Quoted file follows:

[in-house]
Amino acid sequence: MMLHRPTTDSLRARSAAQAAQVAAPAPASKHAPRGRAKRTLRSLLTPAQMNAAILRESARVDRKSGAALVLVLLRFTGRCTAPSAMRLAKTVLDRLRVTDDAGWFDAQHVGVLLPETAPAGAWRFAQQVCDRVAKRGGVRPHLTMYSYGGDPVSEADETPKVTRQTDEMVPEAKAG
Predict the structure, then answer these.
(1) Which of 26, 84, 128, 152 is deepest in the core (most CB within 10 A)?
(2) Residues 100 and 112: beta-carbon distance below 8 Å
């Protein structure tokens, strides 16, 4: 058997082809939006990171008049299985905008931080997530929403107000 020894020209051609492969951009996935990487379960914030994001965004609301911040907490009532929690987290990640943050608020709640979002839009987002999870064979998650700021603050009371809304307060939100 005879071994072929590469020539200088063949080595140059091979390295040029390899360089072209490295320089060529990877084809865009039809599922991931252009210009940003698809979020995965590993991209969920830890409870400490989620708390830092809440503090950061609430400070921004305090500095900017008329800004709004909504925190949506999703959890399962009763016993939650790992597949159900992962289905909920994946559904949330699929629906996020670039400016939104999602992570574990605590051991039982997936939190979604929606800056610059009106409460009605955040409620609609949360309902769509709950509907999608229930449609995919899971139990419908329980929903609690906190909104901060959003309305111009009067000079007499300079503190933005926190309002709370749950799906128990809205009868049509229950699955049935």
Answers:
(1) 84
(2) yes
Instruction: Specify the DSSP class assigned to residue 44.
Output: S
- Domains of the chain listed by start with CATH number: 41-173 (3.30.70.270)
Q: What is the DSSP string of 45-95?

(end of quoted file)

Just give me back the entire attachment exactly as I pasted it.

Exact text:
[in-house]
Amino acid sequence: MMLHRPTTDSLRARSAAQAAQVAAPAPASKHAPRGRAKRTLRSLLTPAQMNAAILRESARVDRKSGAALVLVLLRFTGRCTAPSAMRLAKTVLDRLRVTDDAGWFDAQHVGVLLPETAPAGAWRFAQQVCDRVAKRGGVRPHLTMYSYGGDPVSEADETPKVTRQTDEMVPEAKAG
Predict the structure, then answer these.
(1) Which of 26, 84, 128, 152 is deepest in the core (most CB within 10 A)?
(2) Residues 100 and 112: beta-carbon distance below 8 Å
């Protein structure tokens, strides 16, 4: 058997082809939006990171008049299985905008931080997530929403107000 020894020209051609492969951009996935990487379960914030994001965004609301911040907490009532929690987290990640943050608020709640979002839009987002999870064979998650700021603050009371809304307060939100 005879071994072929590469020539200088063949080595140059091979390295040029390899360089072209490295320089060529990877084809865009039809599922991931252009210009940003698809979020995965590993991209969920830890409870400490989620708390830092809440503090950061609430400070921004305090500095900017008329800004709004909504925190949506999703959890399962009763016993939650790992597949159900992962289905909920994946559904949330699929629906996020670039400016939104999602992570574990605590051991039982997936939190979604929606800056610059009106409460009605955040409620609609949360309902769509709950509907999608229930449609995919899971139990419908329980929903609690906190909104901060959003309305111009009067000079007499300079503190933005926190309002709370749950799906128990809205009868049509229950699955049935």
Answers:
(1) 84
(2) yes
Instruction: Specify the DSSP class assigned to residue 44.
Output: S
- Domains of the chain listed by start with CATH number: 41-173 (3.30.70.270)
Q: What is the DSSP string of 45-95?